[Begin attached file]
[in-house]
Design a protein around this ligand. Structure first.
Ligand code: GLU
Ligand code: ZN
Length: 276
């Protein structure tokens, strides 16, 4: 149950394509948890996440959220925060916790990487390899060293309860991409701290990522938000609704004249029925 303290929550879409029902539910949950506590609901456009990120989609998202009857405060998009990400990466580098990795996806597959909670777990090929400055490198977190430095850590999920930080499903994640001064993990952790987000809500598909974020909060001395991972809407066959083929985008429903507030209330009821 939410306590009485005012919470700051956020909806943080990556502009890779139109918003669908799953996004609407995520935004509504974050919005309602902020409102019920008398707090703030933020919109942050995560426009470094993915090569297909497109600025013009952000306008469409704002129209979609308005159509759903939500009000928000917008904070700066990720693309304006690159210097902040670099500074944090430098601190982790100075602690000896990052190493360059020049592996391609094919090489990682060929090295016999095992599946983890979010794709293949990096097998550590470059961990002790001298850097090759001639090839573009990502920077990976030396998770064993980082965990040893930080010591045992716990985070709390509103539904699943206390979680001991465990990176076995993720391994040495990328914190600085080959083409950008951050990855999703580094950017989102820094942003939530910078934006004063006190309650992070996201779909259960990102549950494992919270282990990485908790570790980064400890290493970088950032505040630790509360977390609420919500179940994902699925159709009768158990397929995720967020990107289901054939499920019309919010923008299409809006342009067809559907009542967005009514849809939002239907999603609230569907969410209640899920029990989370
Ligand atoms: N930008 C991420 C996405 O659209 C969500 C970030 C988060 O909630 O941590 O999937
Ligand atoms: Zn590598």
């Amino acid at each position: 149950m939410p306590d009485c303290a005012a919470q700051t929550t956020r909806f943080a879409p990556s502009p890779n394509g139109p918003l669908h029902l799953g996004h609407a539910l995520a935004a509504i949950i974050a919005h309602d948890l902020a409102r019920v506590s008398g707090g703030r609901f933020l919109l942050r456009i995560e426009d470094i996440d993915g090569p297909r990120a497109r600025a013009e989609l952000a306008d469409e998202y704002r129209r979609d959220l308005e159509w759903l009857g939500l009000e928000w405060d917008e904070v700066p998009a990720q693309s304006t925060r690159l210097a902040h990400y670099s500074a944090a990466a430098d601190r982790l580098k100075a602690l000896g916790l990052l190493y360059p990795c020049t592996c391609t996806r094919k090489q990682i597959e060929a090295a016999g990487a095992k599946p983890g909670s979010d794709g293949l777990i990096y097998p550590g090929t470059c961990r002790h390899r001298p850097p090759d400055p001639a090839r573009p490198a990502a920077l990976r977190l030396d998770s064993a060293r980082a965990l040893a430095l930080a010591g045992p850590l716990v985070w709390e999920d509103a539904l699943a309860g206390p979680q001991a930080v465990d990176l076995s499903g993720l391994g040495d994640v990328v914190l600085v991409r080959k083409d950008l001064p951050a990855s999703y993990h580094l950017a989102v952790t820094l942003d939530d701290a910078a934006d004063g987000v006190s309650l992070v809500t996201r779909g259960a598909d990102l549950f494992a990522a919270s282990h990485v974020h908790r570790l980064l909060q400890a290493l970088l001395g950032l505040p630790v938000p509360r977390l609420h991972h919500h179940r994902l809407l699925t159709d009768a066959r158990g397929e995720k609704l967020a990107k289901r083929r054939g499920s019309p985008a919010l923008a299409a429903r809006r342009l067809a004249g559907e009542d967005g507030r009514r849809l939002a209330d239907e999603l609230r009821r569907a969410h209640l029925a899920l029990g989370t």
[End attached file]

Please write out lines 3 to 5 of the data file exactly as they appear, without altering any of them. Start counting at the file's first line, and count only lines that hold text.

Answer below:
Ligand code: GLU
Ligand code: ZN
Length: 276